Mavericks Compatibility

October 22nd, 2013 (DropDMG, EagleFiler, SpamSieve)

DropDMG 3.2.3, EagleFiler 1.6, and SpamSieve 2.9.10 have been tested with OS X 10.9. If you haven’t already updated to the latest versions of these applications, now is the time to do so. Any known issues are listed below, and this post will be updated should any new issues arise:


  1. The Create OS X Install Disk help page describes how to create a Mavericks install disk using a spare hard drive, USB flash drive, or SD card. This makes it possible to re-install OS X or to install it on a different Mac without having to download it again from the Mac App Store.
  2. Automator may crash when using DropDMG’s Create Disk Image/Archive action. We are looking into whether this is due to a bug in DropDMG or Mavericks and trying to find a workaround.


  1. The first time you open a library on Mavericks, EagleFiler will copy its tags to the system so that your files have the same tags in other applications as they have in EagleFiler. This will cause the files to be modified, which will trigger a one-time re-indexing (of files, not mail messages) in EagleFiler.
  2. When you tag a file in EagleFiler, it applies the corresponding system-level tags in Mavericks. When you import a file into EagleFiler, it imports that file’s Mavericks tags. Currently, when a file is already in EagleFiler, if you change its tags using another application, the changes do not sync back to EagleFiler; this will be addressed in the next version of EagleFiler. Update (2013-12-19): EagleFiler 1.6.1 offers syncing with Finder tags.
  3. EagleFiler’s “eftexttool” helper may crash when EagleFiler is indexing a Web archive. This is due to a bug in Mavericks (using NSURLRequestReturnCacheDataDontLoad). Update (2013-12-19): EagleFiler 1.6.1 works around this bug.
  4. Due to a bug in Mavericks, the PDFs initially display partially scrolled down if you have both Zoom to Fit and Continuous Scroll enabled. Update (2013-12-19): EagleFiler 1.6.1 works around this bug.


  1. It is recommended that you update to SpamSieve 2.9.10 before installing Mavericks. If you’ve updated to Mavericks first, and you don’t see the SpamSieve commands in Apple Mail’s Message menu, be sure to choose Install Apple Mail Plug-In from the SpamSieve menu.
  2. If you’ve been modifying SpamSieve’s Info.plist file to hide its Dock icon, be sure to follow the updated instructions for this when running on Mavericks.
  3. In previous versions of OS X, if Apple Mail’s junk mail filter was enabled, it would color junk messages brown in the list; if it was disabled, messages marked as junk (by other filters) would appear with the normal color in the message list. In Mavericks, spam messages that were not processed by SpamSieve (e.g. those caught by your mail server’s junk filter and placed in the Junk mailbox) may be colored brown (as if Mail’s own filter were active). In all versions of Mac OS X, spam messages caught by SpamSieve are placed in the Spam mailbox, and the background is colored on a blue-to-yellow spamminess scale.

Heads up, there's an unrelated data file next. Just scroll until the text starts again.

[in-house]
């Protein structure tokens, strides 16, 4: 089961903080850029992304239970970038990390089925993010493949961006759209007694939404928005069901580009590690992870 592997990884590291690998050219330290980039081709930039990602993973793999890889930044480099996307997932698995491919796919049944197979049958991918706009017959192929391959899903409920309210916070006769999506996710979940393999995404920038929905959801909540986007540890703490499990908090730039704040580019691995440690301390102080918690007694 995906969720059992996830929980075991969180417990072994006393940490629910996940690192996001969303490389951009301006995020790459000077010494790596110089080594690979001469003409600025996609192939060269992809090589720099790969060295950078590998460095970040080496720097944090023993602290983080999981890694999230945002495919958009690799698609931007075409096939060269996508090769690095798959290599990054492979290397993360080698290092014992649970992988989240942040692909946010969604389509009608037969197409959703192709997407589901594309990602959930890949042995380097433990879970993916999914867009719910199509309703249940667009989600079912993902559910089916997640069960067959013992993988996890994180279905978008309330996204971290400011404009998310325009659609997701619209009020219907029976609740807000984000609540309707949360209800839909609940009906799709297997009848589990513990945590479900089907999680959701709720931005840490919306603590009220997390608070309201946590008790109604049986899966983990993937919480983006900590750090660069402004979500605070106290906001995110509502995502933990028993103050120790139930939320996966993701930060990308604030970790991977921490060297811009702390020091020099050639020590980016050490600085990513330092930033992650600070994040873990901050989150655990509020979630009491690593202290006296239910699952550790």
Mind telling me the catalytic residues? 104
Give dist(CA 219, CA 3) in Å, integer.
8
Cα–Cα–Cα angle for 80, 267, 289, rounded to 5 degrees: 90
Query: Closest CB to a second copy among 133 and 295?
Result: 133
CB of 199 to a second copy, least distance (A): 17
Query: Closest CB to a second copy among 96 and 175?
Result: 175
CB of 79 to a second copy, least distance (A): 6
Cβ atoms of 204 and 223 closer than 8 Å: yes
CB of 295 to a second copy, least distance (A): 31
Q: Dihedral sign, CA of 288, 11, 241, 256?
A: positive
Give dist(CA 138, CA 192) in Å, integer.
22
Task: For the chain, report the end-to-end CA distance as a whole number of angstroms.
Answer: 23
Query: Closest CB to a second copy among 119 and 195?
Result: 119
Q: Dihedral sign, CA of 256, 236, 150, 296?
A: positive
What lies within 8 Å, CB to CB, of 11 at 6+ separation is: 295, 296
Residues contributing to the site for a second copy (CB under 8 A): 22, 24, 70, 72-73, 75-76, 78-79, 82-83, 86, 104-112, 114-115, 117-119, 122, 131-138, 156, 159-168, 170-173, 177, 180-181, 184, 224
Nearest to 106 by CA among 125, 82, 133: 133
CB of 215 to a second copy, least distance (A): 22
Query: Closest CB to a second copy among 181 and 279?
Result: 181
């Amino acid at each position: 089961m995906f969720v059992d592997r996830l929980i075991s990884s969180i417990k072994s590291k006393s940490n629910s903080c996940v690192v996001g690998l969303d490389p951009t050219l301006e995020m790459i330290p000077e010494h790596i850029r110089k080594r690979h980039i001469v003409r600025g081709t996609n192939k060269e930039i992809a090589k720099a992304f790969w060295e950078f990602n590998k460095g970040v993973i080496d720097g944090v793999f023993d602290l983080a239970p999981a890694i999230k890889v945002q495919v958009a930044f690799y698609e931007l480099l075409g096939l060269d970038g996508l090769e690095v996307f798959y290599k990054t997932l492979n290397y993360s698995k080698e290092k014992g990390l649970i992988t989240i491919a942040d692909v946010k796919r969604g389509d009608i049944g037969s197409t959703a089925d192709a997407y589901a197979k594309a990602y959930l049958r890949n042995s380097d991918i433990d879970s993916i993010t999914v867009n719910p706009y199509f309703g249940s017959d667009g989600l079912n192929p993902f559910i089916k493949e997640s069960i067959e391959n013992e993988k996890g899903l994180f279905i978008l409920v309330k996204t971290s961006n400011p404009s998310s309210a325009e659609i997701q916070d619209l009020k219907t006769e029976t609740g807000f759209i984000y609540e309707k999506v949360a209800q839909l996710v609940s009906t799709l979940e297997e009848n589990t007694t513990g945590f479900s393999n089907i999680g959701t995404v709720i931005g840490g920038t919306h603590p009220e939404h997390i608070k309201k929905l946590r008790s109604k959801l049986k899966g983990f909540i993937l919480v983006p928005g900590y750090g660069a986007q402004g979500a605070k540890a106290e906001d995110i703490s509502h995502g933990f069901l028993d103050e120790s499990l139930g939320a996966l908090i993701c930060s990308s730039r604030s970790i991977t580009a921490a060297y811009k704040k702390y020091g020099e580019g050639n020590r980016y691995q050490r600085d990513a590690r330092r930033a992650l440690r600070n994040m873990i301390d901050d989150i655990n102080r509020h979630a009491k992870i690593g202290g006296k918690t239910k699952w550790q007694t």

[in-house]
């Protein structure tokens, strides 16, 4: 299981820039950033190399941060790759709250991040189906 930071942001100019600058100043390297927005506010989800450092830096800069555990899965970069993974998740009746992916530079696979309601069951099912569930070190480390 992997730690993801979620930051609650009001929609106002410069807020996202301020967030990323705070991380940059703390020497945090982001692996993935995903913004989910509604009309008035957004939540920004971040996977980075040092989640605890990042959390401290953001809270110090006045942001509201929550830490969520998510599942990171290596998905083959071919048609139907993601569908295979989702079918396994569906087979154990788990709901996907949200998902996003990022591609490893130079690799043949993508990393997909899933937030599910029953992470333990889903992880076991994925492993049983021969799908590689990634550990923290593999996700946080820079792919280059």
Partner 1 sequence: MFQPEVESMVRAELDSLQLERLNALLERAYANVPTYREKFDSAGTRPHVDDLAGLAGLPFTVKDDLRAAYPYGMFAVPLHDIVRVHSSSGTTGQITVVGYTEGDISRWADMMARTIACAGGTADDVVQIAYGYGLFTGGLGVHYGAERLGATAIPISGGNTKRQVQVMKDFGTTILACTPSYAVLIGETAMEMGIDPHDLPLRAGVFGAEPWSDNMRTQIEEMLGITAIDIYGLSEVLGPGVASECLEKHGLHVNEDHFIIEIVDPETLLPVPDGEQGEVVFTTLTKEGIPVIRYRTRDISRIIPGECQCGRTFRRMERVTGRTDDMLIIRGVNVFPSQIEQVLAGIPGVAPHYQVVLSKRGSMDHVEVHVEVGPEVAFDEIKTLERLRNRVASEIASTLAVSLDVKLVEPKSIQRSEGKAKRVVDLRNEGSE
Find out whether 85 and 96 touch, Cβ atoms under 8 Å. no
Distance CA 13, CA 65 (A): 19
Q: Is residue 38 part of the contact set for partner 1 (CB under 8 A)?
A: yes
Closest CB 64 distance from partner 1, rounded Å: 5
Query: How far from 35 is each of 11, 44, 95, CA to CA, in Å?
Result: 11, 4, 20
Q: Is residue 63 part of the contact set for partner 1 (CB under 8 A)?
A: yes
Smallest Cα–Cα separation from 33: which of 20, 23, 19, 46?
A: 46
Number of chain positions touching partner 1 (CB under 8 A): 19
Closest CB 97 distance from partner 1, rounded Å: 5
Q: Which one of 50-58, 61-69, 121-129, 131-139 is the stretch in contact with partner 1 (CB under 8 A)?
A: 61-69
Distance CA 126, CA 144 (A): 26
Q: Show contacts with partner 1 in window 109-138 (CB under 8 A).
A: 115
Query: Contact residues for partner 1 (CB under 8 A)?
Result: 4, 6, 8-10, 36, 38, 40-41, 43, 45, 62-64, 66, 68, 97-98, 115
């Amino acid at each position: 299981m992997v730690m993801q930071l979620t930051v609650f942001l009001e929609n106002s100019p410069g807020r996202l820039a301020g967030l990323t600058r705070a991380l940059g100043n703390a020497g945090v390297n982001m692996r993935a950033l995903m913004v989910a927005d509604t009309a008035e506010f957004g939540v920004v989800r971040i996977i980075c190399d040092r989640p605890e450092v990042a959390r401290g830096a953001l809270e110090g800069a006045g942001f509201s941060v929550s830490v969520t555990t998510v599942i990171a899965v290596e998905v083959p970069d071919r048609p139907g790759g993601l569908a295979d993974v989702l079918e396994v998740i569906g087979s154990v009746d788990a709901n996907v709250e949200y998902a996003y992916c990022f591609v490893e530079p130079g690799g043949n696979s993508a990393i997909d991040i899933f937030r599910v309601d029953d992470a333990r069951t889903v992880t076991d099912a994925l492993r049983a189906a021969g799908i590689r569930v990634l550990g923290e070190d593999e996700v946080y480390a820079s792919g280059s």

4. In previous versions of OS X, if Apple Mail’s junk mail filter was enabled, it would show a brown bar with a Not Junk button above the message; if it was disabled, Mail did not display the bar. In Mavericks, Mail now shows its junk mail interface for messages that are marked as junk/spam, even when Mail’s own junk mail filter is disabled. You should ignore this, i.e. always choose SpamSieve - Train as Good rather than clicking the Not Junk button.
  5. Some customers have reported that installing Mavericks enabled Mail’s built-in junk mail filter, when it had previously been off. If you’re using SpamSieve with Apple Mail, go to the Junk Mail pane of Mail’s preferences and make sure that Enable junk mail filtering is unchecked.
  6. We’ve also received reports that sometimes Mail’s junk filter colors messages in the inbox as junk (brown) even when Enable junk mail filtering is unchecked. It may help to:
    1. Go to Mail’s Junk Mail settings.
    2. Check Enable junk mail filtering.
    3. Select Perform custom actions.
    4. Click Reset… and then Reset.
    5. Click Advanced….
    6. Make sure there are two conditions. The first condition should be Message is not addressed to my full name. The second condition should be Message is addressed to my full name. Click OK.
    7. Uncheck Enable junk mail filtering.
  7. With Mavericks, Apple Mail sometimes shows the special Junk mailbox at the top of the list, even when its own junk filter is off. The Junk mailbox holds spam messages caught by server-side junk filters. The spam messages caught by SpamSieve still go the the Spam mailbox, or whichever other mailbox you chose in the preferences.
  8. Apple Mail in Mavericks is slower at moving messages via AppleScript. After training a message as spam, it may take a few seconds before it moves to the Spam mailbox. Please do not train a second batch of messages until the first batch has been completely processed. Update (2013-12-16): SpamSieve 2.9.1 includes a workaround that makes this faster. To enable the workaround, please see the AppleMailTrainSpamGUIScripting option in the Esoteric Preferences section of the manual.
  9. This is not directly related to SpamSieve, but there are a variety of Apple Mail issues in Mavericks (follow-up) that you should be aware of (particularly if you use Gmail).
  10. A bug in Mavericks (_NSDispatchData) may cause SpamSieve to crash when parsing an e-mail message. Update (2013-12-16): SpamSieve 2.9.12 works around this.